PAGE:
REELTIME "Reeltime" Green Linnet GLCD 1154
More young(ish) rising stars of the Irish traditional scene, Reeltime's debut album draws on its members' depth of experience of the tradition and of playing with Macalla (Mairin Fahy) and the Frankie Gavin Quartet (Eilis Egan and Chris Kelly). The heart of the band may well be Fahy's fiddle and Egan's accordion, but its the pervasive jazz, American and European influences of Kelly (guitar) and Benny Hayes (keyboards) which give Reeltime their distinctive sound. The swing/ragtime/jazz/waltz style of many of the tunes may not be to everyone's liking (if Leon Redbone played Irish reels, they might sound like this), but get your head around them and they are beguiling. Calliope House begins like the theme to Bergerac while Bulgarian Bash is just crying out for a Rory McLeod vocal. Chris Kelly's performance of Daithi Sproule's Pockets of Gold wouldn't be out of place in John Renbourn's repertoire. For Torc Waterfall they have slowed down the normally fast reel The Virginian and, with Benny Hayes contemporary keyboard/piano approach, given it a dreamy arrangement which works beautifully.
However, this diversity doesn't quite hang together. It's probably a stew which works better live than on record as their growing reputation suggests (a U.S. festival tour completed this summer). The influences brought to bear on the Irish tradition (particularly Kelly's marvellous percussive jazz chording) throw up many enjoyable moments, but with such ingenious and endless possibilities the "straight" traditional pieces somehow feel out of place if outstandingly played (The Bantry Girl's Lament). Further out of place is Stongest Weakness, a somewhat cheesy keyboard song which might yet be rescued by an alternative arrangement. Yet they finish brilliantly with a rollicking Blackberry Blossom/Ragtime Annie which does justice to their goodtime live performances. A show-stealing appearance at this years Belfast Festival at Queen's could do them the world of good.
Bringing a new dimension to Irish traditional music, Reeltime is a charismatic new quartet out of Ireland that combines stellar instrumental skills with a genius for arranging. Their music has that incredible energy and lift found only in the very best Irish music, but goes even further, with uptempo percussive jazz guitar chording and exquisite effects from clarinet, piano, electric guitar, percussion and synthesizer. Centered around the virtuoso duet playing of accordion and fiddle, Reeltime infuses their music with unquenchable energy and humor. Halfway through the first set of tunes (Gort to Texas to Honolulu), the band kicks into high gear with the introduction of what might be called "sock guitar" (a la Django Reinhardt, to whom their guitarist is frequently compared). When the sly wail of clarinet slides in a few bars later, the energy climbs even higher and listeners are absolutely compelled to dance.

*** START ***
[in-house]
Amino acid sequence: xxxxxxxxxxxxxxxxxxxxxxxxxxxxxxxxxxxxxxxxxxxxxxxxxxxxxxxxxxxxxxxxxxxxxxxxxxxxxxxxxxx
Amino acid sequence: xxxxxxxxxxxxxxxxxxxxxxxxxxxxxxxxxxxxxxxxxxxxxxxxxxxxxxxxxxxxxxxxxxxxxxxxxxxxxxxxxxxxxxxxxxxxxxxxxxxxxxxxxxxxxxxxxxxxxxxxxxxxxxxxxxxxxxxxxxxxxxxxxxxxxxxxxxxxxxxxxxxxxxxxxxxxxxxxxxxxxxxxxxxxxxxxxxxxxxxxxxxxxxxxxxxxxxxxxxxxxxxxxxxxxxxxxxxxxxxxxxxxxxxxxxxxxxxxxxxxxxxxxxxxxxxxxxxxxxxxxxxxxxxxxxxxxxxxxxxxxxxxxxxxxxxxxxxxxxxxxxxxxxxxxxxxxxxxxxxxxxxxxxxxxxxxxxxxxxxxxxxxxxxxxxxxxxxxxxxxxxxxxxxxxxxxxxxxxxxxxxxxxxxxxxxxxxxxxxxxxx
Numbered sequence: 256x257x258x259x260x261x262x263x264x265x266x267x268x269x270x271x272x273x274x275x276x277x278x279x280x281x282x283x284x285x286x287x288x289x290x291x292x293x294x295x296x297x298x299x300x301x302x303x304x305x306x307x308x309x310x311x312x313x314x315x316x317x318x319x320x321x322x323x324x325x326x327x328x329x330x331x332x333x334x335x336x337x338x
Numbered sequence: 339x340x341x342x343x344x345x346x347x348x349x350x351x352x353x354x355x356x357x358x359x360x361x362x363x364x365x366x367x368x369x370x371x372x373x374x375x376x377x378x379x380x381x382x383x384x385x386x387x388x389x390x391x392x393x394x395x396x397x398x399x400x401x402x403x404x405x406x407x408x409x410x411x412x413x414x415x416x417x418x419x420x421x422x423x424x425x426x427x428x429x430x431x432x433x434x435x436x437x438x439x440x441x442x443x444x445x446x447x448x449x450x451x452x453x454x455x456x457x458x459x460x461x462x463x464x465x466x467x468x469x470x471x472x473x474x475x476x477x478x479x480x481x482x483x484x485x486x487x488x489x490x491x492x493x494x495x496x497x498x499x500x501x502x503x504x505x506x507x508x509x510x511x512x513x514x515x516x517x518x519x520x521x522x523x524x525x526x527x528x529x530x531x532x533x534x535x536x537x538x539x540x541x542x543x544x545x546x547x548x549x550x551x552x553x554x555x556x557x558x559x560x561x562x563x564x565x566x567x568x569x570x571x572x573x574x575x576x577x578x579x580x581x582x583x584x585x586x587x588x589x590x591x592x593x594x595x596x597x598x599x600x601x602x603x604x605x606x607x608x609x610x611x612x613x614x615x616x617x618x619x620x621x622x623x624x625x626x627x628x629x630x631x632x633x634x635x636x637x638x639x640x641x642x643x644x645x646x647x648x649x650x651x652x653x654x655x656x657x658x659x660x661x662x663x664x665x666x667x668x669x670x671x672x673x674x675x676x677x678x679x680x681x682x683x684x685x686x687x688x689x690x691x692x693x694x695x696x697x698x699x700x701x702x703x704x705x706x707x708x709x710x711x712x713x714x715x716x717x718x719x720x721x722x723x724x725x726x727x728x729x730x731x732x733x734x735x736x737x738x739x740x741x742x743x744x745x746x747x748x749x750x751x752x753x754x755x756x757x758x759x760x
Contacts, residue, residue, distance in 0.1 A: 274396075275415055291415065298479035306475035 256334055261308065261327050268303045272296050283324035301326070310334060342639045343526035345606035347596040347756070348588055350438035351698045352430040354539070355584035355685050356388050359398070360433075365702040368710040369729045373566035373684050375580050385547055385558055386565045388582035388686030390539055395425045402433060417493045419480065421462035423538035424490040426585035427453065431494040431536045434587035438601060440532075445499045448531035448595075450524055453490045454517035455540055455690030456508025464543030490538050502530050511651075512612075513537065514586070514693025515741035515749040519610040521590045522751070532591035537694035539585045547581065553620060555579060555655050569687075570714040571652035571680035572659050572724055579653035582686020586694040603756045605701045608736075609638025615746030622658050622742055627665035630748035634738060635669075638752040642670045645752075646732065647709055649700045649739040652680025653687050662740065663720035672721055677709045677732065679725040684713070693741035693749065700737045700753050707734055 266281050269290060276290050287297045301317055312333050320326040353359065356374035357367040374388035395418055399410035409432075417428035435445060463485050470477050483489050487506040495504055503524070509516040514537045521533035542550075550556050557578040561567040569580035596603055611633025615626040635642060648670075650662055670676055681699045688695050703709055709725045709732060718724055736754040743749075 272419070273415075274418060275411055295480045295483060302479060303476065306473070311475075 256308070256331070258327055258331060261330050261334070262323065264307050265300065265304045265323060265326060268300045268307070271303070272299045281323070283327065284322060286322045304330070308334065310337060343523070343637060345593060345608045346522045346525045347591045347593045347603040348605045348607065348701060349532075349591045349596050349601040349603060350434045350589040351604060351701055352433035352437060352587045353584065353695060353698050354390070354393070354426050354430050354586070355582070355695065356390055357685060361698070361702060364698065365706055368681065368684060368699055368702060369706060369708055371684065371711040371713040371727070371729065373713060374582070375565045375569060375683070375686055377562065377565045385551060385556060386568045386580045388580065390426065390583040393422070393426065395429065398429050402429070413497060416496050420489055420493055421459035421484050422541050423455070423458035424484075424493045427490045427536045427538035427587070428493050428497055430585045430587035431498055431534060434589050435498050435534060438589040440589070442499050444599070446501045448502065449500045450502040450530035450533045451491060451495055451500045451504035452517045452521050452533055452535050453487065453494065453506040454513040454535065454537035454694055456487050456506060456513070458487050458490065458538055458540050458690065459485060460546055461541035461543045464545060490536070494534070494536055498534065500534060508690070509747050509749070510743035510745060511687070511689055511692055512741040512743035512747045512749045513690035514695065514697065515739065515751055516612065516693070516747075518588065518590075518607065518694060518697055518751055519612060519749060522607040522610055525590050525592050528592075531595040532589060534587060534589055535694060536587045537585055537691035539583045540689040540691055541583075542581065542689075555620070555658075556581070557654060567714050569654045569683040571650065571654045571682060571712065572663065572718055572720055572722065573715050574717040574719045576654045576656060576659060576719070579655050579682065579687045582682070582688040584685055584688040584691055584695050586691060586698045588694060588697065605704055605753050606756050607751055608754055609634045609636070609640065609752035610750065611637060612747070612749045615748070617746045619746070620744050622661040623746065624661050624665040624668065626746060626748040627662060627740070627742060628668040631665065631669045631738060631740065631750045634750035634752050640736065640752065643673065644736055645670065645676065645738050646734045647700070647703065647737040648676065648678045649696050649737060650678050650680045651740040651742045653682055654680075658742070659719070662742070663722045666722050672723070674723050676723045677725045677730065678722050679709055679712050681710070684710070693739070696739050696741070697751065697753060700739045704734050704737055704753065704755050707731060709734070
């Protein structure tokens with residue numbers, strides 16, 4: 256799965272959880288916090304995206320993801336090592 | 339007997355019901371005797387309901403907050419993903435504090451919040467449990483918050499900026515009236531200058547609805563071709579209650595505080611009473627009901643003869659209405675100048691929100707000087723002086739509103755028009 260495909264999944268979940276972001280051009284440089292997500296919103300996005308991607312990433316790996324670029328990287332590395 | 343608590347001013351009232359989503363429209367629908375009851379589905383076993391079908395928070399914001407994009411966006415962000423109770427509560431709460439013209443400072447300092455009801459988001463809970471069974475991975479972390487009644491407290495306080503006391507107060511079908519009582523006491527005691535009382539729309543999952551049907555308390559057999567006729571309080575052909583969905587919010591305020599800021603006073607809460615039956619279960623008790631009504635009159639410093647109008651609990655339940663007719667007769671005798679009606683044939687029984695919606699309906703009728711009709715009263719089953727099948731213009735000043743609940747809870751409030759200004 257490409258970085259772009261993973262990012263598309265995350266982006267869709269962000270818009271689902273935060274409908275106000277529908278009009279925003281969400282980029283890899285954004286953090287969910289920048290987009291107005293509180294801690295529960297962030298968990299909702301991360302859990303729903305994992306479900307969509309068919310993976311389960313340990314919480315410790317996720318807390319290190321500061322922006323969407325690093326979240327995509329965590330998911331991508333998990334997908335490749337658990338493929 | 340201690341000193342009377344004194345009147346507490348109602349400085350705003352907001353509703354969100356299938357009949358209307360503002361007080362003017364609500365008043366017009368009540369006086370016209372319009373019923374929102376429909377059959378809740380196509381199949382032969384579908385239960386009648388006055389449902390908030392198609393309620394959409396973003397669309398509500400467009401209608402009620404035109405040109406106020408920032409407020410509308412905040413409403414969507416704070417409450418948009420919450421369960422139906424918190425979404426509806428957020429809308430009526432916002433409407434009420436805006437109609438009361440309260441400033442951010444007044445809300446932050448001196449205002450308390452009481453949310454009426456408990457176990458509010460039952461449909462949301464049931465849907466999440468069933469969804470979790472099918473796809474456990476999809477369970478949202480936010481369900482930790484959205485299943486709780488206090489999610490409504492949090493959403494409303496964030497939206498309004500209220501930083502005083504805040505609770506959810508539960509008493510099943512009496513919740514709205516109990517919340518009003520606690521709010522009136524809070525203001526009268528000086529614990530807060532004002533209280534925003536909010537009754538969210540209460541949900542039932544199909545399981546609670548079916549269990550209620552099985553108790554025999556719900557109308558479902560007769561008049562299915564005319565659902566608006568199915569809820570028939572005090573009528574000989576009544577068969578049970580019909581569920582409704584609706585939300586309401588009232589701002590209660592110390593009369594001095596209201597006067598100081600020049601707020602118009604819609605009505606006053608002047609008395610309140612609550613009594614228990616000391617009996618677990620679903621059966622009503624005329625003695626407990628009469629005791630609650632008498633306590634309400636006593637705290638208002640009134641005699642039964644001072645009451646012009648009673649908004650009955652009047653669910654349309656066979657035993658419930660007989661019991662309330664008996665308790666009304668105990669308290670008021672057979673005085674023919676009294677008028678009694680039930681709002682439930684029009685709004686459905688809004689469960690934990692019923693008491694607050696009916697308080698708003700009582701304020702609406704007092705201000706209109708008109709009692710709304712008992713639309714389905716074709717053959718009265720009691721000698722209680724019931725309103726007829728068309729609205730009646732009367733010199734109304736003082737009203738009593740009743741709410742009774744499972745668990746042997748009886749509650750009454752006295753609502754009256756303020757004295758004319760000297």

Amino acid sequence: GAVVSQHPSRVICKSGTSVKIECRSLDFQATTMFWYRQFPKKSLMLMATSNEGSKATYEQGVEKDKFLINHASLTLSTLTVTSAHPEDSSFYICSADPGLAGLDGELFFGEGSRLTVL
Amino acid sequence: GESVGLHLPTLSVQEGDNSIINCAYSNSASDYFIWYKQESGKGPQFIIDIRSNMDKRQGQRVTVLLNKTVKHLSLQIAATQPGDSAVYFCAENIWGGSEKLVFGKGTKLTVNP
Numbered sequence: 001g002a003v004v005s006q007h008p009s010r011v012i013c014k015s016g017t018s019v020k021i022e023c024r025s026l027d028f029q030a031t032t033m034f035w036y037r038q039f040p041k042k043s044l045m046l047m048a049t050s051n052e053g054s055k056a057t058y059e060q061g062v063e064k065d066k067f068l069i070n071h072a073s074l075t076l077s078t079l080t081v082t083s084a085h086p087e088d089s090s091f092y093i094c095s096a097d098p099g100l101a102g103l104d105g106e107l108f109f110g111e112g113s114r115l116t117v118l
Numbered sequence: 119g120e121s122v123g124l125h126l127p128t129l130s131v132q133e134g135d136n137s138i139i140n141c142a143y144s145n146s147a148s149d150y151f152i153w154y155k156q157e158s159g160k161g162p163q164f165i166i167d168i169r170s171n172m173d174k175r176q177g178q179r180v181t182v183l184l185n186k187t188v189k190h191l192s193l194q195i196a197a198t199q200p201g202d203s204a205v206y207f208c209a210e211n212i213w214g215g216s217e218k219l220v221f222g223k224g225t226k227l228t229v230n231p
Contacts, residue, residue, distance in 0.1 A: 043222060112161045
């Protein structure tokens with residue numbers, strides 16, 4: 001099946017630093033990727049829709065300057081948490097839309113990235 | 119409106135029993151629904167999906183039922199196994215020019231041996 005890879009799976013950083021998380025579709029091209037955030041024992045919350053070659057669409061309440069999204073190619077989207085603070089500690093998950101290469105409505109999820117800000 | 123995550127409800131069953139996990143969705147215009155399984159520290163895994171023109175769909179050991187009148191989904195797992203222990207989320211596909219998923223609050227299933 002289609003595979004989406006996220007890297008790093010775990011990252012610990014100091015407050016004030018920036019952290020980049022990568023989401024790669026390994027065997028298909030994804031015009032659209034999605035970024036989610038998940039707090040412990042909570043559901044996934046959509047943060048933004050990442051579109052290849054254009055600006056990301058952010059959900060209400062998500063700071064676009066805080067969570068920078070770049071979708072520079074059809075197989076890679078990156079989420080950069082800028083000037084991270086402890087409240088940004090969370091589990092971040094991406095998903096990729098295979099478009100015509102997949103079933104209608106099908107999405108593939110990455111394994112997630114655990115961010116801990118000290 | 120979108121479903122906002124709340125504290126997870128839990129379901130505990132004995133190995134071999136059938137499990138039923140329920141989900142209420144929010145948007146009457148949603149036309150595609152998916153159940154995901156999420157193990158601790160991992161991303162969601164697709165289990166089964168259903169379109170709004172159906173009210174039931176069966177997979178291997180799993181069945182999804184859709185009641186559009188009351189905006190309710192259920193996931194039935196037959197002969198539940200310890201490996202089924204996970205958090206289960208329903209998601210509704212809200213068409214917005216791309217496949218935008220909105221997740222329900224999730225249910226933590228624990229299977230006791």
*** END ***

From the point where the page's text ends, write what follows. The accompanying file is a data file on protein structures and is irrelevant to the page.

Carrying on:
Reeltime moves easily from straight-ahead Irish traditional to Texas swing to love songs to ragtime--constantly inducing metamorphoses of mood. Regarded as one of the best fiddlers in Ireland, Mairin Fahy (who also sings lead vocals) delivers a stunning version of the wonderful Calliope House following an eerie electric guitar and accordion intro. On Bulgarian Bash, which they learned from American fiddler Kenny Baker, the duet of clarinet and sock guitar returns invoking images of a gypsy campfire. For their debut self-titled recording, Reeltime (GLCD1154), the band has chosen a combination of reels, waltzes, slow airs and songs that showcase the tremendous talents of the individual players and their gift for arranging.
1. Gort To Texas To Honolulu: Master McDermot's/The Plough And The Stars/Dillon Brown
2. Calliope House
3. Siuil A Run
4. Pachelbel Reels: The Maid Of Castlebar/Cregg's Pipes/Pachelbel's Canon
5. Savoy Bouresque
6. The Last Rose Of Summer
7. Torc Waterfall
8. Bulgarian Bash
9. The Bantry Girl's Lament
10. Pockets Of Gold
11. Terryglass Reels: The Four Stroke Reel/Martin O'Conner's
12. Strongest Weakness
13. Ragtime Annie